Relax, It's Just Green Bean Casserole

Forget the canned soup; skip the canned fried onions. This casserole is a fresh take on one of everyone's favorite holiday side dishes.

Updating a Classic

More jokes are made about traditional green bean casserole — with its canned cream of mushroom soup and its fried onions from a container — than any other Thanksgiving side. Despite the ribbing, many people love it in all of its processed glory, but others wouldn’t mind a refined, modern version.


What’s different about this recipe? For one, the canned soup is no longer. Skinny haricots verts are used in place of thicker green beans, sauteed mushrooms are folded in, and a thickened sauce made from broth and half-and-half binds it all together. Finally, shallots are gently fried and used as a crunchy topping. 


Historically, this was never my favorite side dish. This Thanksgiving, that changes.


Photography by Katie Workman and Sarah Crowder

Trimming the Beans

This is a great task to delegate to a kitchen helper who doesn’t want to take on a more challenging task. It's also great for the kids! 

Frying the Shallots

Gently fry the shallots in oil to turn them into a crispy topping for the casserole. You could use onions or leeks instead, if you like.

Draining the Shallots

Transfer the fried shallots to paper towels to allow the excess grease to drain off, and to keep the shallots crispy.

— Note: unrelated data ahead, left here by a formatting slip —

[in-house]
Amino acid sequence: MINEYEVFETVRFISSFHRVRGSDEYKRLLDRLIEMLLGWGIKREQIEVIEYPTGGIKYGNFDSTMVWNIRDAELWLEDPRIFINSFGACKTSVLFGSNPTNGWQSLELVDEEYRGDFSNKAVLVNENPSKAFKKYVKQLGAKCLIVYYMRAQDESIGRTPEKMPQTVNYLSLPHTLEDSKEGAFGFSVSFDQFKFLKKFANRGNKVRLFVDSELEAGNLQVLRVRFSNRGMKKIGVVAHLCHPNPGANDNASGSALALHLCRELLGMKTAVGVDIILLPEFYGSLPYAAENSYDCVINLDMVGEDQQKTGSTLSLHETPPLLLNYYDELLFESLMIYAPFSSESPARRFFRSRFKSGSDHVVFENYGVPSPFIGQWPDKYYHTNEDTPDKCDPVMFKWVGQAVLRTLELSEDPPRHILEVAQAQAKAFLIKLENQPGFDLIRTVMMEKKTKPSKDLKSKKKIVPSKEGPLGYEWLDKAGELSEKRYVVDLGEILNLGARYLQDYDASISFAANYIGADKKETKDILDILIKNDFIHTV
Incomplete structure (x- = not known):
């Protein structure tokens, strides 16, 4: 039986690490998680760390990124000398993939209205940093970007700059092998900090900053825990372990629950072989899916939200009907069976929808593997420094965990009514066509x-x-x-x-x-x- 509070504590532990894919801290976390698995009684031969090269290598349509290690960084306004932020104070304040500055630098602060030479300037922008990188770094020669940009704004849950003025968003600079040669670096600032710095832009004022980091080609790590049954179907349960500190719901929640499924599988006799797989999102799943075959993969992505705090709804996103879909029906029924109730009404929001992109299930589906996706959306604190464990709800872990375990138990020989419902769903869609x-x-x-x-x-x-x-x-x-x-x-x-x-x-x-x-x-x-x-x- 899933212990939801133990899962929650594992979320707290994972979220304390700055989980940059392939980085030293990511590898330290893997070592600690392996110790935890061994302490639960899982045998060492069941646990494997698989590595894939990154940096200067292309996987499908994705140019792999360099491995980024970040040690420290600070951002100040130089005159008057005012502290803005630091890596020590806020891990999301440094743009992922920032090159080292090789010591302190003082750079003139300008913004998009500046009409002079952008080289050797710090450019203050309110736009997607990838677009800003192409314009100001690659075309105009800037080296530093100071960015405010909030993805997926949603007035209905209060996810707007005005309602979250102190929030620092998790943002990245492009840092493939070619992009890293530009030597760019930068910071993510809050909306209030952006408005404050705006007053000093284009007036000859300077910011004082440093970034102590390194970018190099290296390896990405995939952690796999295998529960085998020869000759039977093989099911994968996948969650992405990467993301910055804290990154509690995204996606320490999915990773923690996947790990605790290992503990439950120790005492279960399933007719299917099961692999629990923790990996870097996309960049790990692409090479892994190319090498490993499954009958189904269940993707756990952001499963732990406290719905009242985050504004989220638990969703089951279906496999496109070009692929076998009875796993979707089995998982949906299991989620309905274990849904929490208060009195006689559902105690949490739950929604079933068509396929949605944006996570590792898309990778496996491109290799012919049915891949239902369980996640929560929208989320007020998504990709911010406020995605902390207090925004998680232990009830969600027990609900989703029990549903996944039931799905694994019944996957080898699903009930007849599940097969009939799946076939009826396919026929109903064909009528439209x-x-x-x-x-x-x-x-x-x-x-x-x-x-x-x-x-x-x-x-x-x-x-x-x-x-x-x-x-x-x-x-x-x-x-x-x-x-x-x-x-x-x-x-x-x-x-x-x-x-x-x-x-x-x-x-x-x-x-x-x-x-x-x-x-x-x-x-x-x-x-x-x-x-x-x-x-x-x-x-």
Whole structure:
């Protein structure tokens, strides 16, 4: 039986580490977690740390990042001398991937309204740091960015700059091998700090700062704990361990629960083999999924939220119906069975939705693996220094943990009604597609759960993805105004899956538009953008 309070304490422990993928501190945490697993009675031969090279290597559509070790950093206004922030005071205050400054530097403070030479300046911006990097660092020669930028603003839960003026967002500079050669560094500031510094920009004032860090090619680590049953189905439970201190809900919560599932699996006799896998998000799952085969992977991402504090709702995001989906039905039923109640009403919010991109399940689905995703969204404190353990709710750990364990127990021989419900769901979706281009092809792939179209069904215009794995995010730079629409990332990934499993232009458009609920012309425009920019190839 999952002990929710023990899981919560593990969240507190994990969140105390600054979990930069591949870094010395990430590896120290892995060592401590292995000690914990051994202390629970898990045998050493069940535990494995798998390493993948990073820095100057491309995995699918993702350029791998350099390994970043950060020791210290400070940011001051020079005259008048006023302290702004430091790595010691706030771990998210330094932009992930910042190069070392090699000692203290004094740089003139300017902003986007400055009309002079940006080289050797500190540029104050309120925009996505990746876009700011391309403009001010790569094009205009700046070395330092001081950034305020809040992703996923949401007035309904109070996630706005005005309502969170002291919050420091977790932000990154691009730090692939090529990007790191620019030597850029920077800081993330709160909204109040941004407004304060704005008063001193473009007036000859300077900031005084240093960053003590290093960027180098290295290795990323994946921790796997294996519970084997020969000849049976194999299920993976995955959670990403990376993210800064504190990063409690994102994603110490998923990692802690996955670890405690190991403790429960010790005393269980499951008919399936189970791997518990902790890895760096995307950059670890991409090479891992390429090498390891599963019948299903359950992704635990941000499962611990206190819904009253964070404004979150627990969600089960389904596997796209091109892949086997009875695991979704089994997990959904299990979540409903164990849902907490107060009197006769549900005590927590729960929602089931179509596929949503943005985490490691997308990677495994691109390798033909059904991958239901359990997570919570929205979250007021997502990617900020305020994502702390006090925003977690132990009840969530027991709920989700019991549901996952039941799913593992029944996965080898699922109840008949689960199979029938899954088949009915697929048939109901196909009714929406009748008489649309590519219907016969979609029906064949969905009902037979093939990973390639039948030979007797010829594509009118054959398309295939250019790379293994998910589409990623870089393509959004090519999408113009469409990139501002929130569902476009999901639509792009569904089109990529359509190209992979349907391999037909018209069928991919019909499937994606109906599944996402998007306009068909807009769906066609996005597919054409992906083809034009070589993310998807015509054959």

Blanching the Beans

Make sure to have a large bowl of ice water on hand to stop the cooking before you blanch the beans. Bring a large pot of salted water to a boil, and cook the beans for about 4 to 7 minutes, depending on how thick they are. If you decide to use green beans instead of haricots verts, just add a minute or two to the blanching time. (Haricots verts are thinner, so they will take less time.)

Draining and Cooling the Beans

Drain and transfer the beans to the ice-water bath. Allow them to cool, then drain them.

Sauteing the Mushrooms

Make sure to saute the mushrooms until any liquid they release is evaporated. That’s how you get the nice caramelized exterior and prevent sogginess. Add uncooked shallots, or some other member of the onion family, to the mushrooms for flavor, and then add a bit of flour, which will thicken the sauce. Toasting the flour in the hot skillet before you add the liquid takes the “raw flavor” out of the flour.

Adding the Liquid

Add broth and some sort of milk or cream to create the sauce, which will bind the casserole together and give it creaminess. 

Adding the Beans

Add the blanched beans to the mushroom cream sauce and combine.  

Baking the Casserole

Turn the mixture into the prepared casserole and bake in the preheated oven.  

Sprinkling the Shallots on Top

After about 15 minutes, add the fried shallots to the top to re-crisp and heat them through.

Serving the Finished Casserole

You can garnish the casserole with some chopped fresh herbs, or not, and serve it up hot!

Get the Recipe: Modern Green Bean Casserole